At Karp & Iancu, we understand the importance of the parent-child bond. We use our legal skills to help parents establish their legal rights and fight when the state tries to take them away. Please contact one of our Milwaukee parental rights attorneys to learn more about how we can help.
Mothers & Custody
A mother has custody of her children by virtue of giving birth to them. The same is not true of the father if he is unmarried to the mother. In many situations, an unmarried mother finds herself having sole custody after the birth of her baby.
In the divorce context, a mother stands on equal footing with a father. Judges do not assume mothers should have more time with children than fathers. If you are in a custody fight, you should meet with a Milwaukee child custody attorney to build a strong case.
Fathers & Custody
If a man is married to a mother, he is assumed to be the father of the child. However, when parents aren’t married, a man needs to establish paternity before he has any parental rights—or any parental obligations, such as child support.
A man can establish paternity in several ways. For example, he and the mother can jointly sign a voluntary acknowledgement of paternity, or if they get married, they can legitimate the child by filling out a form.
When paternity is in dispute, however, a judge will hold a hearing and probably order genetic testing. We have seen paternity actions brought by men seeking to establish custody or by mothers in search of child support.
A Child’s Best Interests
This is the legal touchstone courts use when deciding most issues involving children. Once a judge establishes paternity, the court moves on to a consideration of custody and placement. A child’s needs are paramount, and Wisconsin instructs judges to consider many factors as part of its analysis.
In the past, judges assumed young children should be with their mothers. That’s not the starting assumption any longer. Instead, a judge decides what’s best for the child’s wellbeing by looking at many factors, such as:
- Each parent’s health (physical and mental)
- The child’s health and any special needs
- Each parent’s history of taking care of the child
- What each parent wants
- The child’s wishes
- Whether there has been a history of domestic violence
How Can You Terminate Parental Rights?
Because the parent-child relationship is so important, it isn’t easy to terminate parental rights. But difficult doesn’t mean impossible.
Typically, there are two ways to terminate:
- Voluntary termination, where a parent agrees to terminate their parental rights.
- Involuntary termination, where a judge must decide whether to terminate rights.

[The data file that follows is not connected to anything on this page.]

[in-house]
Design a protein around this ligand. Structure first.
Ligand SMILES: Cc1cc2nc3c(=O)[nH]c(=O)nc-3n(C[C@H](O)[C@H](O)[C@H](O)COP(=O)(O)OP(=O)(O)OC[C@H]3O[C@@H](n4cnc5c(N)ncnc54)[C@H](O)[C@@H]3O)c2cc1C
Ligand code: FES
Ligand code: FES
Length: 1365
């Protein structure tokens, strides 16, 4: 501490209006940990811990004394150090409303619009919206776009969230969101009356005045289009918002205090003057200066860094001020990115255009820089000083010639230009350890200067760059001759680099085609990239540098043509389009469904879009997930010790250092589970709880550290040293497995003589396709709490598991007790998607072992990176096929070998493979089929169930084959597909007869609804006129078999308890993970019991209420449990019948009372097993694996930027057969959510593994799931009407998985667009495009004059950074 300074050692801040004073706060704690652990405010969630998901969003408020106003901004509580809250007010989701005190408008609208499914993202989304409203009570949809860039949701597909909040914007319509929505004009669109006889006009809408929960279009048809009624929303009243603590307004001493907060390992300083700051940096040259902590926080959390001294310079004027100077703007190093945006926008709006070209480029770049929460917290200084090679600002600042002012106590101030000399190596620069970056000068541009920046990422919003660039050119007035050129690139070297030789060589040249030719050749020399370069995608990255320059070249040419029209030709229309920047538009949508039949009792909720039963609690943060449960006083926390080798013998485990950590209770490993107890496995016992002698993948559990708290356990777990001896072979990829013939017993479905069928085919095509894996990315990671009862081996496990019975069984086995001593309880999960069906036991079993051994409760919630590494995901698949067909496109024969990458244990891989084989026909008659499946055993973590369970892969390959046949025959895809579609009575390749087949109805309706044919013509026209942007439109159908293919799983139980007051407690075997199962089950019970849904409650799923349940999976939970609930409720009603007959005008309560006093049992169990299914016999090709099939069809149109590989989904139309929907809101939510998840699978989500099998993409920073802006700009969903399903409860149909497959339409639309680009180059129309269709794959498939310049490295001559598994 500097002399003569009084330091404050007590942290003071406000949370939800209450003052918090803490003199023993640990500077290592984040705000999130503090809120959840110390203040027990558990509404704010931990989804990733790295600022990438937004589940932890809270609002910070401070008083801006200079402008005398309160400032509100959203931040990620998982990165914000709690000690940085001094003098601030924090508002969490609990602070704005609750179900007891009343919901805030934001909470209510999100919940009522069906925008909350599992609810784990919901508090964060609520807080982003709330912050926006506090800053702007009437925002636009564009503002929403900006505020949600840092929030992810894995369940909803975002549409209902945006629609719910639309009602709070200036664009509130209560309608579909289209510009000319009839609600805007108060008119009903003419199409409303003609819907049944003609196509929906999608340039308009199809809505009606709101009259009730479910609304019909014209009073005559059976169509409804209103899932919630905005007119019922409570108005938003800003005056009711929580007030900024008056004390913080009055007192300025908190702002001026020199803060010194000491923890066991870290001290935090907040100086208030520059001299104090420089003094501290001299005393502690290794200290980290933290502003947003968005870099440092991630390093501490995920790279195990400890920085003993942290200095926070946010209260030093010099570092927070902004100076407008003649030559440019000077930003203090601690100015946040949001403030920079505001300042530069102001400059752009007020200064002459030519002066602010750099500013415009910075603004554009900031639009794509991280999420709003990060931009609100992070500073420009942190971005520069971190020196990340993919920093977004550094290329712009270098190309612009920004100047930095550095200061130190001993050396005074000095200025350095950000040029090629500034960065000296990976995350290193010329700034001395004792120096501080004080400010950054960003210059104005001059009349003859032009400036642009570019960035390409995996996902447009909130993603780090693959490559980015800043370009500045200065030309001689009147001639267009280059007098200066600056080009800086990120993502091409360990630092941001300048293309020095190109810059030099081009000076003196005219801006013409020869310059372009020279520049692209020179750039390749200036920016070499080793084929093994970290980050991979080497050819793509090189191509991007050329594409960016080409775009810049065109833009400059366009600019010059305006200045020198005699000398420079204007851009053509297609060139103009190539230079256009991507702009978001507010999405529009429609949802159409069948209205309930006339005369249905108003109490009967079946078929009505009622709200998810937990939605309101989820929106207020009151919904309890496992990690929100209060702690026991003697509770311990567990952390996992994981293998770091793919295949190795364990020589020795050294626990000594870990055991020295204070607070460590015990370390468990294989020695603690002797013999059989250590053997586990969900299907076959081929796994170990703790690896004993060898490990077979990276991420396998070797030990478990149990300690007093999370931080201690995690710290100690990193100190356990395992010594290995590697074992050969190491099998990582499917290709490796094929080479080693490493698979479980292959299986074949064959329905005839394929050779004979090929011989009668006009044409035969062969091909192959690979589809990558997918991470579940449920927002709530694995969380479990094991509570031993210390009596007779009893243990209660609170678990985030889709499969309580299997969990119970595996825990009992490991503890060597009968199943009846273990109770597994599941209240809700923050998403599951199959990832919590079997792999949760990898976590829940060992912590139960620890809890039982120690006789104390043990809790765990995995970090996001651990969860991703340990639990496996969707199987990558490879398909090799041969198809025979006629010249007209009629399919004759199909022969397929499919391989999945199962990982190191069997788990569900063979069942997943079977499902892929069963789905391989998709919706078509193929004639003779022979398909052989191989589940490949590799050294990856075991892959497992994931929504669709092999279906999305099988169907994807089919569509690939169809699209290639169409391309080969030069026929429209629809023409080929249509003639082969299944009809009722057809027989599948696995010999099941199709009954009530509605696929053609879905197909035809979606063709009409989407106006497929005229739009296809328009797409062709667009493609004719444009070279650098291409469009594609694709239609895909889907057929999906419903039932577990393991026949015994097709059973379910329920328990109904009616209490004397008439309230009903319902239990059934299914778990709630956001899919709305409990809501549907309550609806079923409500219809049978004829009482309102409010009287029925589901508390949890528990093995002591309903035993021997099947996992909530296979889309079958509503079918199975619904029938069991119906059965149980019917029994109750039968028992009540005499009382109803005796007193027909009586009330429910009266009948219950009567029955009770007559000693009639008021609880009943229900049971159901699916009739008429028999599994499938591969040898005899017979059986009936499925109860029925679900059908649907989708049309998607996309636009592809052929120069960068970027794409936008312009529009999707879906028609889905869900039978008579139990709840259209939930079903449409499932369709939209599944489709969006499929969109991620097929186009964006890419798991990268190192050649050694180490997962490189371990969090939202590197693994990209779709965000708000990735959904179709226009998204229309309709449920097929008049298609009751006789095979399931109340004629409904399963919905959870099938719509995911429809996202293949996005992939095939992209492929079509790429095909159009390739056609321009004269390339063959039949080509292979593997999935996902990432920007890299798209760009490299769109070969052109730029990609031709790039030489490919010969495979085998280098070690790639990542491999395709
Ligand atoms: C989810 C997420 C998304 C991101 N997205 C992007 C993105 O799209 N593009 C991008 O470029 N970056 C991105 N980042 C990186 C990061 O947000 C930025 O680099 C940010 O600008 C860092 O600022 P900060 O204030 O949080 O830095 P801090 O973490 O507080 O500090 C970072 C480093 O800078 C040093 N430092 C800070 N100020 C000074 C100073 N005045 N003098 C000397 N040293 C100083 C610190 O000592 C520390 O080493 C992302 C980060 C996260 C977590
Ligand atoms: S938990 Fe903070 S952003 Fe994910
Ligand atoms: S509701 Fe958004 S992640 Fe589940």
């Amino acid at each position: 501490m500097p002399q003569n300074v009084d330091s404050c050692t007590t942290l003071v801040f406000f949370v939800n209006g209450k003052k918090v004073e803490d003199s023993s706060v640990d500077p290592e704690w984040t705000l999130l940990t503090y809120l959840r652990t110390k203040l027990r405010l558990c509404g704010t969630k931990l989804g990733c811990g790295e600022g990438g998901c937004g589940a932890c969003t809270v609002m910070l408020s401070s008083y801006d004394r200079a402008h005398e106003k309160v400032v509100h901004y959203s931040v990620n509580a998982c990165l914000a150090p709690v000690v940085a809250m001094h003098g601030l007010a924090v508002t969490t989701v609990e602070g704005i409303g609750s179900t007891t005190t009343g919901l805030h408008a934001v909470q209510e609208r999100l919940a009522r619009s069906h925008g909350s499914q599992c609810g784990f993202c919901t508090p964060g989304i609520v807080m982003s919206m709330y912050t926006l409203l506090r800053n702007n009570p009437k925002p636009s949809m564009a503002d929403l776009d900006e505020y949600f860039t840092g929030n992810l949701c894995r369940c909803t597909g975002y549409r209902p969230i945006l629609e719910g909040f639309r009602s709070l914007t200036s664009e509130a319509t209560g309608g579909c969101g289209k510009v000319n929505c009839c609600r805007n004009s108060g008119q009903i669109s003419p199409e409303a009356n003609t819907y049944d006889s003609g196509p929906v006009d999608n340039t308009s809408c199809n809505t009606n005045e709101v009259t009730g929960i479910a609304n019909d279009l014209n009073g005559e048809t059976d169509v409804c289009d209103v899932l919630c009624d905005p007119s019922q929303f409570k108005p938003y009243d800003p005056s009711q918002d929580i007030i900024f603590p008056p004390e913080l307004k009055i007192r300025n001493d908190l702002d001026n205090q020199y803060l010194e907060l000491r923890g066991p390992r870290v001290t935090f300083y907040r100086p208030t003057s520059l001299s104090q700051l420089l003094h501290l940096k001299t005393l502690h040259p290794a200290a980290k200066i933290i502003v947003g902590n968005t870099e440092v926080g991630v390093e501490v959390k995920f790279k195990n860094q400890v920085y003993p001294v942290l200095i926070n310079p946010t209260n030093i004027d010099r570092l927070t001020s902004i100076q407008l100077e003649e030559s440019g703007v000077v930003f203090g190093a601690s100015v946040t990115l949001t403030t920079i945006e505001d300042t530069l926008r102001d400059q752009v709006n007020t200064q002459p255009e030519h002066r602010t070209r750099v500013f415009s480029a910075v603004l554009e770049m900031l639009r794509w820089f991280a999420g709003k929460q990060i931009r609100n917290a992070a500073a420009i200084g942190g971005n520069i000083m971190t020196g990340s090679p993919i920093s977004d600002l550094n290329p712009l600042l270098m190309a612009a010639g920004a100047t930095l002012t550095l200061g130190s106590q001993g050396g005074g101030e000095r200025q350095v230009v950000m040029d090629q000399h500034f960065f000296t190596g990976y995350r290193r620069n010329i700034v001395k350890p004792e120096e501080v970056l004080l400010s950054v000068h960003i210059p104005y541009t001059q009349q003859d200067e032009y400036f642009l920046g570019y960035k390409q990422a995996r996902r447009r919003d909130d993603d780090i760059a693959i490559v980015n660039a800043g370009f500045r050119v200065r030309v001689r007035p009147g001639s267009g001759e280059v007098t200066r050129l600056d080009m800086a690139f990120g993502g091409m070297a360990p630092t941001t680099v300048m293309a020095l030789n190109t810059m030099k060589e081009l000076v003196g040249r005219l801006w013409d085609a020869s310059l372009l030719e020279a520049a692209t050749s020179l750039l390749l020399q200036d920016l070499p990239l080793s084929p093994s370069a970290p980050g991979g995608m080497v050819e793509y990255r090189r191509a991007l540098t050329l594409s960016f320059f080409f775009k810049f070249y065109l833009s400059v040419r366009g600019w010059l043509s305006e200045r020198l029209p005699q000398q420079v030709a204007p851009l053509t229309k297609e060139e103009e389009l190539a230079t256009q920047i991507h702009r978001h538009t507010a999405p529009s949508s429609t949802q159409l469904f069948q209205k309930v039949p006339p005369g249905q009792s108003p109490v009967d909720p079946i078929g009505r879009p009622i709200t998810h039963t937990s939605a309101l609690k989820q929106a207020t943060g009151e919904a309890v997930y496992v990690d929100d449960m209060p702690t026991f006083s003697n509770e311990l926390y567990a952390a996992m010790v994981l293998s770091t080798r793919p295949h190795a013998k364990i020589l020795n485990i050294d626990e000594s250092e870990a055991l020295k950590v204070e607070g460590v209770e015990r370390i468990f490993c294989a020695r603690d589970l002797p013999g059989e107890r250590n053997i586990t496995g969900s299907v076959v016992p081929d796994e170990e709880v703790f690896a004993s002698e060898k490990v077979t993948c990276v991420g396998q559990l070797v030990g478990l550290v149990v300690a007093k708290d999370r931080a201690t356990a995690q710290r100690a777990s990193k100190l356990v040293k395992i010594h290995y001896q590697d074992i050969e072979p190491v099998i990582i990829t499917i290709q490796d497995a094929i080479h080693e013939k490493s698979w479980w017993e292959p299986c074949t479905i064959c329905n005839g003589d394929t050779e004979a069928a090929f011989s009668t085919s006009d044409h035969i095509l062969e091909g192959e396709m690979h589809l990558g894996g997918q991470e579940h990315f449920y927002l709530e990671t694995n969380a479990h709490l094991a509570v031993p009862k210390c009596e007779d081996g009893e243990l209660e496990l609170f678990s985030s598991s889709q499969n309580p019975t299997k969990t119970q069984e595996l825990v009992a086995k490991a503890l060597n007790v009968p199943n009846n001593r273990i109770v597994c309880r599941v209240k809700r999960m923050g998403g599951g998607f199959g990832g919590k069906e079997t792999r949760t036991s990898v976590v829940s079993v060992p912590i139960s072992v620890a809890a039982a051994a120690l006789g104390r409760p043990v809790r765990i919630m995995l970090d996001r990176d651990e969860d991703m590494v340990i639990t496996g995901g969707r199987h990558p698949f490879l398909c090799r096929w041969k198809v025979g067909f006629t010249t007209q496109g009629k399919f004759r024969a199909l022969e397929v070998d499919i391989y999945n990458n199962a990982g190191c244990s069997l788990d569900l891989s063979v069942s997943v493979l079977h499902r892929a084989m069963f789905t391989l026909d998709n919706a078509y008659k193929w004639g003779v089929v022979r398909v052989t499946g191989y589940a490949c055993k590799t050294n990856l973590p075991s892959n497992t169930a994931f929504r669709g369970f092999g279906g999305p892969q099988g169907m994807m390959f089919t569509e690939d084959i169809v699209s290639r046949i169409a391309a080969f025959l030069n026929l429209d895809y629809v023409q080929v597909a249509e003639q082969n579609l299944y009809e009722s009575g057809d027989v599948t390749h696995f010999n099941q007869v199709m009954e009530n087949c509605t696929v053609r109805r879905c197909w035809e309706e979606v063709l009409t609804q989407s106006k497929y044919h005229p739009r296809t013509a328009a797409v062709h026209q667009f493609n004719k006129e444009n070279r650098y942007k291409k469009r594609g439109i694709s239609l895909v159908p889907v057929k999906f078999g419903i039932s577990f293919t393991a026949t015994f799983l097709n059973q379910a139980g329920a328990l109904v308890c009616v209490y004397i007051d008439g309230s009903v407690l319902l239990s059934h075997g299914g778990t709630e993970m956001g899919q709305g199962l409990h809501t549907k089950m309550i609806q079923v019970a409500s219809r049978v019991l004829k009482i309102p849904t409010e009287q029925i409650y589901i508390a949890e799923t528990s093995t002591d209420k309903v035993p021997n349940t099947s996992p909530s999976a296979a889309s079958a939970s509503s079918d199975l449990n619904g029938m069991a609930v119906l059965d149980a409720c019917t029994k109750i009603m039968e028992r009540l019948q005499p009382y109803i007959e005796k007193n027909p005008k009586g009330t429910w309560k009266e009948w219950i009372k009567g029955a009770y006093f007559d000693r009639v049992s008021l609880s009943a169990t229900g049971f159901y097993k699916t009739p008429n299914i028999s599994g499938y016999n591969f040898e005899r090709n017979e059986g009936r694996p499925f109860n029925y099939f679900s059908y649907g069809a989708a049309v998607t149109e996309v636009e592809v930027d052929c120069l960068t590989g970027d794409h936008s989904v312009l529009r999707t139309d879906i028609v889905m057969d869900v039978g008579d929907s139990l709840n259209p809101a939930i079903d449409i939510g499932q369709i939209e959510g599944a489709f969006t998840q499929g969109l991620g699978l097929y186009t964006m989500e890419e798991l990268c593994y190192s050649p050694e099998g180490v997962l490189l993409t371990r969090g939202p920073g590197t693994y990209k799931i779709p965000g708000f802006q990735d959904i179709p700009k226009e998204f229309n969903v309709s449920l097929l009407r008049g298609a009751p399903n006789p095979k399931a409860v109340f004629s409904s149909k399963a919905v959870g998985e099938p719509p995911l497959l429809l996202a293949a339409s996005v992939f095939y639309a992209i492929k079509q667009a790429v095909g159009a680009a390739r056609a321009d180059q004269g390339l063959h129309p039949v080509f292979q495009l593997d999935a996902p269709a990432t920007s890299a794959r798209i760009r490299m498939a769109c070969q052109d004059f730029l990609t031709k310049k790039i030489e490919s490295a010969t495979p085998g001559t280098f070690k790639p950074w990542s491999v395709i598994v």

What is Voluntary Termination?
In some situations, a parent wants to give up their rights. This is different than giving up the right to custody or placement. When you terminate your parental rights, you will no longer have any sort of legal relationship to your child.
A judge must be satisfied that a parent agrees to a termination voluntarily, so there will be a hearing. A judge will usually question a parent about his or her decision.
Voluntary termination is rare. For a judge to approve it, there typically must be a stepparent waiting to adopt the child. Indeed, this is when we most commonly see voluntary termination—one parent has been raising the child and the other has largely had little contact. The custodial parent meets a new romantic partner and gets married, and the spouse wants to adopt. In this specific situation, a judge is more likely to allow a parent to terminate their parental rights to allow the adoption to go through.
Can You Voluntarily Terminate to Avoid Child Support?
No. There is a lot of confusion among the public on this issue. Some people wrongly believe that they can simply sign away their parental rights and then stop paying child support. The opposite is the case. You will still pay child support until the child graduates high school or turns 19.
What is Involuntary Termination?
This means the termination is against the will of the parent. Either the other parent or the state can seek termination in only very narrow circumstances, called “grounds.” These grounds are found in Wis. Stat. §48.415, and some of the most common are:
- Abandonment. If a parent goes a certain amount of time without contacting their child, they may have abandoned them under the law. There is no abandonment if the parent had a valid reason for not seeing the child, such as being in the hospital sick with an illness.
- Relinquishment. Parents can relinquish custody within 72 hours of birth.
- Need of protection or services. If children need to be placed outside the home for a certain amount of time, then a parent can lose their rights. For example, extreme neglect could endanger a child, who must be placed in foster care for years.
- Parental disability. A disability which is likely to continue indefinitely can lead to involuntary termination.
- Child abuse. A pattern of physical or sexual abuse that endangers the child can result in termination.
In legal terms, a court will determine whether a parent is “unfit.” Most commonly, Child Protective Services (CPS) brings the legal action to seek termination.